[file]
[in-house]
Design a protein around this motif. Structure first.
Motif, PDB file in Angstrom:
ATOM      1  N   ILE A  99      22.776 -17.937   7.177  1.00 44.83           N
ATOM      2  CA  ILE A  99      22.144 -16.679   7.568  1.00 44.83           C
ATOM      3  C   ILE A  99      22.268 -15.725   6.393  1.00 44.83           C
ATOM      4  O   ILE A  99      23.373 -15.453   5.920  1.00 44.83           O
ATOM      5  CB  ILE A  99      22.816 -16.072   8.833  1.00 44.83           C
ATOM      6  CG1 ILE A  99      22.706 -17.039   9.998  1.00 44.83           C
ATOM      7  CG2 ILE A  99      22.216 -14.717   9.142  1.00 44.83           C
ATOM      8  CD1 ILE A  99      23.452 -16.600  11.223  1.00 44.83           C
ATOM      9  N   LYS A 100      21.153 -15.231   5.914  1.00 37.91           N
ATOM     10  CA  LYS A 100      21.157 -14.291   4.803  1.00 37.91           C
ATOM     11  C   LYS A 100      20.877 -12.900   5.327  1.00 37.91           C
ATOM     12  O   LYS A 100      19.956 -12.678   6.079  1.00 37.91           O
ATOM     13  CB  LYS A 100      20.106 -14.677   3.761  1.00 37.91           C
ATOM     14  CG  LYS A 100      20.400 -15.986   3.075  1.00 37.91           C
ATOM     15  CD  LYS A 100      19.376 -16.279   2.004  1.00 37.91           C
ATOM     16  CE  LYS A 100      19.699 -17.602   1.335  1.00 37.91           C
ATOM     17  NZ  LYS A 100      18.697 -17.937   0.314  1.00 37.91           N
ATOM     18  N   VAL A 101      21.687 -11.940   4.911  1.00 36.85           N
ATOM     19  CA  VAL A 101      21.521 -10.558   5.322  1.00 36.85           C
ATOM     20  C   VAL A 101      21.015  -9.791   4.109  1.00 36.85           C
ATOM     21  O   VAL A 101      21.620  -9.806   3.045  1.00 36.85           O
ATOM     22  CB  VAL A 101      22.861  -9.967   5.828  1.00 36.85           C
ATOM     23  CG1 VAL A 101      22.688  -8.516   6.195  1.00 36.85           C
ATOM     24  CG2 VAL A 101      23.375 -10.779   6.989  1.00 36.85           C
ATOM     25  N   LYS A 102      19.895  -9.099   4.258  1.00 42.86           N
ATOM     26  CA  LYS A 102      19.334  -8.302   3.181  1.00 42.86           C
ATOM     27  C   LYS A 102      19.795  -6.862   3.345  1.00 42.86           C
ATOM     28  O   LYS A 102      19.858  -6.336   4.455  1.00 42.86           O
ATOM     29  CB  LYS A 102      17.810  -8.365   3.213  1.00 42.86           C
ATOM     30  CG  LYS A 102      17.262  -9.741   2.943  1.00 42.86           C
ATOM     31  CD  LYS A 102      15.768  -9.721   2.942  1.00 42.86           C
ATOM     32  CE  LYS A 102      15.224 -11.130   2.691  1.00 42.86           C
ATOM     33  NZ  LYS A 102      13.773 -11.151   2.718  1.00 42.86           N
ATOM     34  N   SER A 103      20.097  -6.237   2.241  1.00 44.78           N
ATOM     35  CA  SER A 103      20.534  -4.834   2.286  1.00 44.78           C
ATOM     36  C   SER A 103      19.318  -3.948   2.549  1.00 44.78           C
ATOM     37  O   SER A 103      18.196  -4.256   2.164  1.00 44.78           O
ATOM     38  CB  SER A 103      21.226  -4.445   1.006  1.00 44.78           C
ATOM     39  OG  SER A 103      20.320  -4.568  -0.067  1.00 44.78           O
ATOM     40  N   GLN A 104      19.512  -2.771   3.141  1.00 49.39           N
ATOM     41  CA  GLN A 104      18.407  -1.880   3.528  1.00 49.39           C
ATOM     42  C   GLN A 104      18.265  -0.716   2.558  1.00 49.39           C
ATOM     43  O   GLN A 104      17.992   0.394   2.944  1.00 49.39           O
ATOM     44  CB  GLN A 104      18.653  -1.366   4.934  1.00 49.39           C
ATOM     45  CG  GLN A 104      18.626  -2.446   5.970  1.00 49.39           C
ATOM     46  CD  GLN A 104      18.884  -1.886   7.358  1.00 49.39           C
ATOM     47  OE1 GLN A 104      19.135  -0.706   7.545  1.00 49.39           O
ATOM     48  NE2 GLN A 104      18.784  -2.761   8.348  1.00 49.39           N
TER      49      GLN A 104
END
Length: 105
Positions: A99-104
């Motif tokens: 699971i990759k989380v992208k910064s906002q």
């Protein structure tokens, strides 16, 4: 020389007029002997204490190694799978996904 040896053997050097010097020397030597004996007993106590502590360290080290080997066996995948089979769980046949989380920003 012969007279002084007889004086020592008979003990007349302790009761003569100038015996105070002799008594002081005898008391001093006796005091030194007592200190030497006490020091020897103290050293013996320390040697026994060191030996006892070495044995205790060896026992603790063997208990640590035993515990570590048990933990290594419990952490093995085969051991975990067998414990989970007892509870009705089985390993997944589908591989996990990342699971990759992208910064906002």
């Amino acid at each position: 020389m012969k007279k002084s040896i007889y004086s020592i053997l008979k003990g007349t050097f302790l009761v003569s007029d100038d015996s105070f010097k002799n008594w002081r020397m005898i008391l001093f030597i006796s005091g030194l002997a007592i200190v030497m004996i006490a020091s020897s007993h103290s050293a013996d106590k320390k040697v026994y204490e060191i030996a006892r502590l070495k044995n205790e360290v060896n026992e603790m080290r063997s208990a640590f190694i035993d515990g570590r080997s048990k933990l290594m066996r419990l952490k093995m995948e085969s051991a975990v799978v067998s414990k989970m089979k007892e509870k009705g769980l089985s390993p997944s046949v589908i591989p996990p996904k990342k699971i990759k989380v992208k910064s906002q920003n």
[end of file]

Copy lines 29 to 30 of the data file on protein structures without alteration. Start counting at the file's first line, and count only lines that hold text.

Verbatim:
ATOM     26  CA  LYS A 102      19.334  -8.302   3.181  1.00 42.86           C
ATOM     27  C   LYS A 102      19.795  -6.862   3.345  1.00 42.86           C